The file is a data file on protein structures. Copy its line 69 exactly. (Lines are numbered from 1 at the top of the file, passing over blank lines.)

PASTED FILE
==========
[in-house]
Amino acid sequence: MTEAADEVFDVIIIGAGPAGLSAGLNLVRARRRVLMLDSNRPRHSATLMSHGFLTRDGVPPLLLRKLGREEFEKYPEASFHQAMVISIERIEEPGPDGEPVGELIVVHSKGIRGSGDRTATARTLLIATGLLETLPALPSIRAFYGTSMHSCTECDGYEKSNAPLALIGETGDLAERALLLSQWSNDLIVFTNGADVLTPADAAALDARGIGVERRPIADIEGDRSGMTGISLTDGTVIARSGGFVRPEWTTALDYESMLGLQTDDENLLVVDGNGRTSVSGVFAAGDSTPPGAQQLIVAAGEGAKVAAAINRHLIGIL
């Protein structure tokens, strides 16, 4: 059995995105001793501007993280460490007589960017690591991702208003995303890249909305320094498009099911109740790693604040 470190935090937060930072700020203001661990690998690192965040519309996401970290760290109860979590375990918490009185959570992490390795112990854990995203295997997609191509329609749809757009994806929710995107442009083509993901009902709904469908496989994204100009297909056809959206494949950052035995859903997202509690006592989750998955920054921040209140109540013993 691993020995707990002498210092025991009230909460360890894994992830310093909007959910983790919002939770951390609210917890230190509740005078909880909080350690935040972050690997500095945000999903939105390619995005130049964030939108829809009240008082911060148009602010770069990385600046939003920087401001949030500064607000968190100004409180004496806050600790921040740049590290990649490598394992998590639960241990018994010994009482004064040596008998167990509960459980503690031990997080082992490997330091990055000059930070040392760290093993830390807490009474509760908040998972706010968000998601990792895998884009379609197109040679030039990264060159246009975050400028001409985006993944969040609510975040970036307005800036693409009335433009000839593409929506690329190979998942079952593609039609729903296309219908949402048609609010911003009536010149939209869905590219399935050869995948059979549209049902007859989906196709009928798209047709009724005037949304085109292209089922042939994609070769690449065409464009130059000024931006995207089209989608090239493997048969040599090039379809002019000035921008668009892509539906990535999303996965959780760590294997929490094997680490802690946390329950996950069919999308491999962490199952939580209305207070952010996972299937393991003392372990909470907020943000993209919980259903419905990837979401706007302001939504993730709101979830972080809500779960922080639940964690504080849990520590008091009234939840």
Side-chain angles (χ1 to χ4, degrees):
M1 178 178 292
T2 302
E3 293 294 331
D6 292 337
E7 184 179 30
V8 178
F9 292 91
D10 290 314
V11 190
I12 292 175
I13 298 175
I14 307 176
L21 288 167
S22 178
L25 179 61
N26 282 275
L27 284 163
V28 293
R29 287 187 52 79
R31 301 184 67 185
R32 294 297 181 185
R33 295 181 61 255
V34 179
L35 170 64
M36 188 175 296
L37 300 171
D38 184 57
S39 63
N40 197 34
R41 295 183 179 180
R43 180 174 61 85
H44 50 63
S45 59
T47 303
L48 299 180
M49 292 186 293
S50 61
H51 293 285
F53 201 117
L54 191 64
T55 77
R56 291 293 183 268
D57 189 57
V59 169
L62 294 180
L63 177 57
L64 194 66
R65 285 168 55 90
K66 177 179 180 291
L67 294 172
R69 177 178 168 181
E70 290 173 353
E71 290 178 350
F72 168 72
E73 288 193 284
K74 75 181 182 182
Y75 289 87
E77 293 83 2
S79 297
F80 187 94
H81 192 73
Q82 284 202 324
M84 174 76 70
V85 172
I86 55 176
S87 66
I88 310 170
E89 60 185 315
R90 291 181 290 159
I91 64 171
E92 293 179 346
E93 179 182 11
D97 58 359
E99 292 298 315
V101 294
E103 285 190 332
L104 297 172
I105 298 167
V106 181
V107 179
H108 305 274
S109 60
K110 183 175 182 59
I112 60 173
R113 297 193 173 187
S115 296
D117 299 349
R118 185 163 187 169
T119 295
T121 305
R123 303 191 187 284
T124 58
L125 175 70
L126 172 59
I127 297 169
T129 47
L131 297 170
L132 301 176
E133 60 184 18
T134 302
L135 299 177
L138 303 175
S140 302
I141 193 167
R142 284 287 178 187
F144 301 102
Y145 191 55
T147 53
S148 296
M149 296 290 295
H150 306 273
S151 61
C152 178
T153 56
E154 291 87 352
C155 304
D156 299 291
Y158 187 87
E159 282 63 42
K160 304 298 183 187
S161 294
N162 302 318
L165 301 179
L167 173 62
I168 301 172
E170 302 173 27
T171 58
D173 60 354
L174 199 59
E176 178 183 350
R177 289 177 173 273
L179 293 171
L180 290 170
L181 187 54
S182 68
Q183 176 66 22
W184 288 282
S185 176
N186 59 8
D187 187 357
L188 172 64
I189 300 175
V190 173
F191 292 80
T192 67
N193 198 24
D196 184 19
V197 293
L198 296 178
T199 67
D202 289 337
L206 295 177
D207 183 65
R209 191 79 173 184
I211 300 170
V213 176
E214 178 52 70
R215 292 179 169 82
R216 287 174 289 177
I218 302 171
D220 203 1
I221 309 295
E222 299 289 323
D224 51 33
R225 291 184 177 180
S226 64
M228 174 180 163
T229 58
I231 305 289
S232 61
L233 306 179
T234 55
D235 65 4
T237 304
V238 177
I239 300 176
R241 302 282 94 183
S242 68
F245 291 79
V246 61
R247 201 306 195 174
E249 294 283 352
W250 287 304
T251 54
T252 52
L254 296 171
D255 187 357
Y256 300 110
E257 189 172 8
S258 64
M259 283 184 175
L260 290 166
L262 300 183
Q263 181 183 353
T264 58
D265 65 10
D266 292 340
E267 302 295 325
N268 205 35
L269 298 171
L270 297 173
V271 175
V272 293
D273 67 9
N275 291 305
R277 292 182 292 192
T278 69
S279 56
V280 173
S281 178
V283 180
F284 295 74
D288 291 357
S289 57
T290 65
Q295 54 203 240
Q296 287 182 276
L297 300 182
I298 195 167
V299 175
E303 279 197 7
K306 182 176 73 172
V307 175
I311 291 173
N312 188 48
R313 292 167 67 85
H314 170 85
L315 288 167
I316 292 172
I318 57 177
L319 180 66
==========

I86 55 176